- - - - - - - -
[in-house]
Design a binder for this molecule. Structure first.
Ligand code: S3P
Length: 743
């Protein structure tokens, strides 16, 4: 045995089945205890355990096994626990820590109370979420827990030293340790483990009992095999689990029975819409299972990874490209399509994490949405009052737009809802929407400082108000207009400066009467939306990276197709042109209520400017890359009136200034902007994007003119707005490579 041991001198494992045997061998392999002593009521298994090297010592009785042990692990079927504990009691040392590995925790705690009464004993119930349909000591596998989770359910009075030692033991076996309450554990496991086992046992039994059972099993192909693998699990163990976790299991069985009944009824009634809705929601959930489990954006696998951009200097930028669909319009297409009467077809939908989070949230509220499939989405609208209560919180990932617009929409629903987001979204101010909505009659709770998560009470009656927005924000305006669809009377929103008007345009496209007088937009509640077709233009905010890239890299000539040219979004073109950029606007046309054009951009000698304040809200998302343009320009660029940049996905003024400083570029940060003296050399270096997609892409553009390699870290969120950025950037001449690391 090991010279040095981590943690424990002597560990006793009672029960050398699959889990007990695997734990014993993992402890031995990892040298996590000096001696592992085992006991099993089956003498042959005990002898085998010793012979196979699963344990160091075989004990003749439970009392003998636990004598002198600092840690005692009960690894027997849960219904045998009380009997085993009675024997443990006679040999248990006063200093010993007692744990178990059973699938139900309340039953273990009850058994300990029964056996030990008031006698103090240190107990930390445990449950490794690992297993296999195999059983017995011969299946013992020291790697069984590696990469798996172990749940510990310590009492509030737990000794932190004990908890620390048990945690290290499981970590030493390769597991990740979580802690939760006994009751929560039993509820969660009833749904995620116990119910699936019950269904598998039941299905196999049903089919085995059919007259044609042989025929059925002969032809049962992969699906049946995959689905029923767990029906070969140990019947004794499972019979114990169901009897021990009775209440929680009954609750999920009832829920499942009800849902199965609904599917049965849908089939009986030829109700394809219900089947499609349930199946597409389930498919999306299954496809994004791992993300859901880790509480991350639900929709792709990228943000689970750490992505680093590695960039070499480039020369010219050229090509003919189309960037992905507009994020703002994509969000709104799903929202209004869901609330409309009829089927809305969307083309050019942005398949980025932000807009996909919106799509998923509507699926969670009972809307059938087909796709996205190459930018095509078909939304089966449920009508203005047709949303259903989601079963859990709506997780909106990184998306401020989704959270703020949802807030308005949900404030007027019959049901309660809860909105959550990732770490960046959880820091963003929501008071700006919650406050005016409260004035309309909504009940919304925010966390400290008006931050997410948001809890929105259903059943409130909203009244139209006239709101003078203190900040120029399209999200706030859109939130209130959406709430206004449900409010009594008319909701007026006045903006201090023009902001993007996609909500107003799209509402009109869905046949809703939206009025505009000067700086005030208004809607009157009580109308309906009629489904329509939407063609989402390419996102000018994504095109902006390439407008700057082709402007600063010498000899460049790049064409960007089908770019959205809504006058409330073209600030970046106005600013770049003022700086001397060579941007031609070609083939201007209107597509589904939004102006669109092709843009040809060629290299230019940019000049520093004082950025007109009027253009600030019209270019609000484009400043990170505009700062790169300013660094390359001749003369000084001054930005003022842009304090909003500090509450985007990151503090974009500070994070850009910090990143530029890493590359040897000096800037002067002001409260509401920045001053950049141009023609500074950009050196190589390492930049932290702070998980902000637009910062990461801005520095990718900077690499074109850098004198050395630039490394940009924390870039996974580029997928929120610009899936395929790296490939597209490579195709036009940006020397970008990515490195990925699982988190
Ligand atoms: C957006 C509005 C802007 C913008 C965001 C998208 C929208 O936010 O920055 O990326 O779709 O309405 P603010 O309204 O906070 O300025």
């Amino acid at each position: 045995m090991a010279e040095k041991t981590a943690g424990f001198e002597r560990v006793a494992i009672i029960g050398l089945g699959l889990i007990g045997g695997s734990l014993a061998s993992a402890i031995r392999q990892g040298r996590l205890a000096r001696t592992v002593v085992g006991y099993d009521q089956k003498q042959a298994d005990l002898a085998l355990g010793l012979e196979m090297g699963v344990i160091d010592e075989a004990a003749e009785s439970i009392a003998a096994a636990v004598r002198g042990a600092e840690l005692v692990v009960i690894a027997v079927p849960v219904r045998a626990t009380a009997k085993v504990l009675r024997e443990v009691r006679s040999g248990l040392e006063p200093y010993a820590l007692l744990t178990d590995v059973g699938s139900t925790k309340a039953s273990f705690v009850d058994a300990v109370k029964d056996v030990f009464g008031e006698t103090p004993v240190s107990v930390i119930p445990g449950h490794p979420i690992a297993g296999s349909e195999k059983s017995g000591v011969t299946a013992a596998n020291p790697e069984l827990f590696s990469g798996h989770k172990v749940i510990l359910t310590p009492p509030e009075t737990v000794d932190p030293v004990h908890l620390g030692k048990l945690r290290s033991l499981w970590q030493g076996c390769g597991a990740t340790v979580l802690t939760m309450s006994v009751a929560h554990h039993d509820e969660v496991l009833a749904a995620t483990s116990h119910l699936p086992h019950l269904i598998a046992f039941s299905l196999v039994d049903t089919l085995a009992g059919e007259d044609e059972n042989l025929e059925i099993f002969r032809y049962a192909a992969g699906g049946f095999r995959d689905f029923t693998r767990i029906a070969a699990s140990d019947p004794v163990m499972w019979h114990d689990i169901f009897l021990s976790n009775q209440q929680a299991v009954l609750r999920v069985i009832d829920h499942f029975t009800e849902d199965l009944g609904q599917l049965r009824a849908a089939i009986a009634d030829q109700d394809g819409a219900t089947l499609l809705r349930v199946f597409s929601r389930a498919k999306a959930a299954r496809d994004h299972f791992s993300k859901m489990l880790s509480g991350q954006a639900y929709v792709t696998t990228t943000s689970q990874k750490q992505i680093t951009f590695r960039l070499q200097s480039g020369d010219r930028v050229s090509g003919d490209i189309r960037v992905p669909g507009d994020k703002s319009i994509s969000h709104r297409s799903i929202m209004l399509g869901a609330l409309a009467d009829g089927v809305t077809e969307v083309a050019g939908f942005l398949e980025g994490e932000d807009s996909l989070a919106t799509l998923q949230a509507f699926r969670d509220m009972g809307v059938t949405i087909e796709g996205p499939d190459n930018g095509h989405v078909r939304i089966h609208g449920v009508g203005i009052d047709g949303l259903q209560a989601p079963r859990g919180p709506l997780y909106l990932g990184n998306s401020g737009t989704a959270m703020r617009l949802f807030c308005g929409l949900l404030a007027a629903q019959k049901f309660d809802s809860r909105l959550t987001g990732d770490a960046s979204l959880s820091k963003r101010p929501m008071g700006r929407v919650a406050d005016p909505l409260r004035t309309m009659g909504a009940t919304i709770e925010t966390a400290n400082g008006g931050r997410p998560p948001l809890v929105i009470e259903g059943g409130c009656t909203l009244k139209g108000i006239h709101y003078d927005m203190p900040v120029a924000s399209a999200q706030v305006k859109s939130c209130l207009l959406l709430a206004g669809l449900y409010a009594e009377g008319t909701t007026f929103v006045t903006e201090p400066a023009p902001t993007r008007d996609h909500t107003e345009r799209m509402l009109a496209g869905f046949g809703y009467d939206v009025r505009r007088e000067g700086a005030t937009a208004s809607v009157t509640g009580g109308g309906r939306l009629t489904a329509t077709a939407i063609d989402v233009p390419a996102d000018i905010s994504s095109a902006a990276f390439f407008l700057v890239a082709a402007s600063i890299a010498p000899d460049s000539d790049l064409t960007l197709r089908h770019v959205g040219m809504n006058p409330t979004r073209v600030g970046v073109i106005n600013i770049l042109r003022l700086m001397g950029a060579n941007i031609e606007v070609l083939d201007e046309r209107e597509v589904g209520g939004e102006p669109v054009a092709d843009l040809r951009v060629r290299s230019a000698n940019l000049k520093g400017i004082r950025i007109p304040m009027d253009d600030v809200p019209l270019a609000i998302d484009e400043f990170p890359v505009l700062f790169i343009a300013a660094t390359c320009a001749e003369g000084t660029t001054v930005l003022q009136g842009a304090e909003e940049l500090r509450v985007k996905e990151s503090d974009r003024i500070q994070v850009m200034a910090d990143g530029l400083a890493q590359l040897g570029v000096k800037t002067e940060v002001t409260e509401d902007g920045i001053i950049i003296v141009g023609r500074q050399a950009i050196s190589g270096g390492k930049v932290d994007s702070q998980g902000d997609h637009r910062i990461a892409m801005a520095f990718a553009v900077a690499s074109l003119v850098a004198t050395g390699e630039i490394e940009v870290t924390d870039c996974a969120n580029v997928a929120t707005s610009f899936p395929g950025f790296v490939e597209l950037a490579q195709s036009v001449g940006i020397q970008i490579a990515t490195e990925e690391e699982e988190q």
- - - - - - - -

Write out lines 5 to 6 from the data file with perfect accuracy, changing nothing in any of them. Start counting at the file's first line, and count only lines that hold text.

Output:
């Protein structure tokens, strides 16, 4: 045995089945205890355990096994626990820590109370979420827990030293340790483990009992095999689990029975819409299972990874490209399509994490949405009052737009809802929407400082108000207009400066009467939306990276197709042109209520400017890359009136200034902007994007003119707005490579 041991001198494992045997061998392999002593009521298994090297010592009785042990692990079927504990009691040392590995925790705690009464004993119930349909000591596998989770359910009075030692033991076996309450554990496991086992046992039994059972099993192909693998699990163990976790299991069985009944009824009634809705929601959930489990954006696998951009200097930028669909319009297409009467077809939908989070949230509220499939989405609208209560919180990932617009929409629903987001979204101010909505009659709770998560009470009656927005924000305006669809009377929103008007345009496209007088937009509640077709233009905010890239890299000539040219979004073109950029606007046309054009951009000698304040809200998302343009320009660029940049996905003024400083570029940060003296050399270096997609892409553009390699870290969120950025950037001449690391 090991010279040095981590943690424990002597560990006793009672029960050398699959889990007990695997734990014993993992402890031995990892040298996590000096001696592992085992006991099993089956003498042959005990002898085998010793012979196979699963344990160091075989004990003749439970009392003998636990004598002198600092840690005692009960690894027997849960219904045998009380009997085993009675024997443990006679040999248990006063200093010993007692744990178990059973699938139900309340039953273990009850058994300990029964056996030990008031006698103090240190107990930390445990449950490794690992297993296999195999059983017995011969299946013992020291790697069984590696990469798996172990749940510990310590009492509030737990000794932190004990908890620390048990945690290290499981970590030493390769597991990740979580802690939760006994009751929560039993509820969660009833749904995620116990119910699936019950269904598998039941299905196999049903089919085995059919007259044609042989025929059925002969032809049962992969699906049946995959689905029923767990029906070969140990019947004794499972019979114990169901009897021990009775209440929680009954609750999920009832829920499942009800849902199965609904599917049965849908089939009986030829109700394809219900089947499609349930199946597409389930498919999306299954496809994004791992993300859901880790509480991350639900929709792709990228943000689970750490992505680093590695960039070499480039020369010219050229090509003919189309960037992905507009994020703002994509969000709104799903929202209004869901609330409309009829089927809305969307083309050019942005398949980025932000807009996909919106799509998923509507699926969670009972809307059938087909796709996205190459930018095509078909939304089966449920009508203005047709949303259903989601079963859990709506997780909106990184998306401020989704959270703020949802807030308005949900404030007027019959049901309660809860909105959550990732770490960046959880820091963003929501008071700006919650406050005016409260004035309309909504009940919304925010966390400290008006931050997410948001809890929105259903059943409130909203009244139209006239709101003078203190900040120029399209999200706030859109939130209130959406709430206004449900409010009594008319909701007026006045903006201090023009902001993007996609909500107003799209509402009109869905046949809703939206009025505009000067700086005030208004809607009157009580109308309906009629489904329509939407063609989402390419996102000018994504095109902006390439407008700057082709402007600063010498000899460049790049064409960007089908770019959205809504006058409330073209600030970046106005600013770049003022700086001397060579941007031609070609083939201007209107597509589904939004102006669109092709843009040809060629290299230019940019000049520093004082950025007109009027253009600030019209270019609000484009400043990170505009700062790169300013660094390359001749003369000084001054930005003022842009304090909003500090509450985007990151503090974009500070994070850009910090990143530029890493590359040897000096800037002067002001409260509401920045001053950049141009023609500074950009050196190589390492930049932290702070998980902000637009910062990461801005520095990718900077690499074109850098004198050395630039490394940009924390870039996974580029997928929120610009899936395929790296490939597209490579195709036009940006020397970008990515490195990925699982988190
Ligand atoms: C957006 C509005 C802007 C913008 C965001 C998208 C929208 O936010 O920055 O990326 O779709 O309405 P603010 O309204 O906070 O300025």